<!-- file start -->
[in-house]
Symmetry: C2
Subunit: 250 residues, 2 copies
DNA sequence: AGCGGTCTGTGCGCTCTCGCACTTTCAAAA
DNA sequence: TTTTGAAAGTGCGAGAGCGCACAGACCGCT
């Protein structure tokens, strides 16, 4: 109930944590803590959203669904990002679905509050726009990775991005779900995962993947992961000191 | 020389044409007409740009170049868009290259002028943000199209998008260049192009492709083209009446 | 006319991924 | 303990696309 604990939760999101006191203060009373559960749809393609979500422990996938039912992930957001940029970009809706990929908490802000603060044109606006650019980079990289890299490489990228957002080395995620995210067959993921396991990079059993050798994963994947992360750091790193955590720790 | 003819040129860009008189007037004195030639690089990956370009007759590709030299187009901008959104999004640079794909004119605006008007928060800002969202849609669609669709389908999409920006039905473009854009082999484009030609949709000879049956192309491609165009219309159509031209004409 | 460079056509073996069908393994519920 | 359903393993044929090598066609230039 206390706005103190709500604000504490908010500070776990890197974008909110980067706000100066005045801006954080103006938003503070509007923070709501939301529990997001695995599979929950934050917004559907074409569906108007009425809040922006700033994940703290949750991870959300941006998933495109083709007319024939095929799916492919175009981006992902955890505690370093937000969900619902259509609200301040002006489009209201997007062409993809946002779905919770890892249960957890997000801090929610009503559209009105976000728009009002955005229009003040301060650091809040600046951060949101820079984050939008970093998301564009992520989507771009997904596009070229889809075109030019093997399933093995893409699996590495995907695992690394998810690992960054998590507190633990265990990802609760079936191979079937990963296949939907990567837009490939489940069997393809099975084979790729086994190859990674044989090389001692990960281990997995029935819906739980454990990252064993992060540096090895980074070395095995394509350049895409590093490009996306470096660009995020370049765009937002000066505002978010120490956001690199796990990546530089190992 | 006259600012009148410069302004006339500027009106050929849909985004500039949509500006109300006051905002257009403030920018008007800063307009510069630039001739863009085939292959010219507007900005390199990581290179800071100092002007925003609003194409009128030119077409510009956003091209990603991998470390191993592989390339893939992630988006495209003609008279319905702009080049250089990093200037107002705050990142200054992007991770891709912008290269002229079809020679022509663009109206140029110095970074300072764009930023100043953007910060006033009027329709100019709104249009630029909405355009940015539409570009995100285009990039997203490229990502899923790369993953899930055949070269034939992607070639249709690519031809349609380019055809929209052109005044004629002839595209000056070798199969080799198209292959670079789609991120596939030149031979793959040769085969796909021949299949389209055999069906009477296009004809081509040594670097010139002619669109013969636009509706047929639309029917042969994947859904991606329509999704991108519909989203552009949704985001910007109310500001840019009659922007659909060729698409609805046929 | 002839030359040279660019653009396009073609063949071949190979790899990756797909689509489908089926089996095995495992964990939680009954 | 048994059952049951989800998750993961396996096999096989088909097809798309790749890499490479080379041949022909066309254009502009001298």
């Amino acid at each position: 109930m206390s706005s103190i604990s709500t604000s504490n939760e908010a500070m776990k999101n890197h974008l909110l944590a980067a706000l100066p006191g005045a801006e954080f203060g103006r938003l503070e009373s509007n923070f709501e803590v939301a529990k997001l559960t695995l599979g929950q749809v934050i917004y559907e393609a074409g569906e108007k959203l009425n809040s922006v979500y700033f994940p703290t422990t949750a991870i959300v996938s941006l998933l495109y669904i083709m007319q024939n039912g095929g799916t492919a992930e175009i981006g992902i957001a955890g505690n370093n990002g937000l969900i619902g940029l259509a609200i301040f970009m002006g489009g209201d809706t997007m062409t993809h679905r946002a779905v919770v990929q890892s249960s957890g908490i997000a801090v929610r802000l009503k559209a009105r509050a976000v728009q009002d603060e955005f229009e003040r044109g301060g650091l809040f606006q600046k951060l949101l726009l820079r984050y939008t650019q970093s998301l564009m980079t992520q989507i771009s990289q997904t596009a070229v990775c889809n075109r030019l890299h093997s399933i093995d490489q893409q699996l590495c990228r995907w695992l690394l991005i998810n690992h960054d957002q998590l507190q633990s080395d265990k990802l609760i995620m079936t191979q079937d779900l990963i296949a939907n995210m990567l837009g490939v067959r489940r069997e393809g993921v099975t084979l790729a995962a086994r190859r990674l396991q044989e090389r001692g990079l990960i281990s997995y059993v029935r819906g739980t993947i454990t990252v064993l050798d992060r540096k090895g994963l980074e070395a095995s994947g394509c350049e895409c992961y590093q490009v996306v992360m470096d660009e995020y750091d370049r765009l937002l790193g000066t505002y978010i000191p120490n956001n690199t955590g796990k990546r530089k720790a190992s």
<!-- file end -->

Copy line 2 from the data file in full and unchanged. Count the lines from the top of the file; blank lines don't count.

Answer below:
Symmetry: C2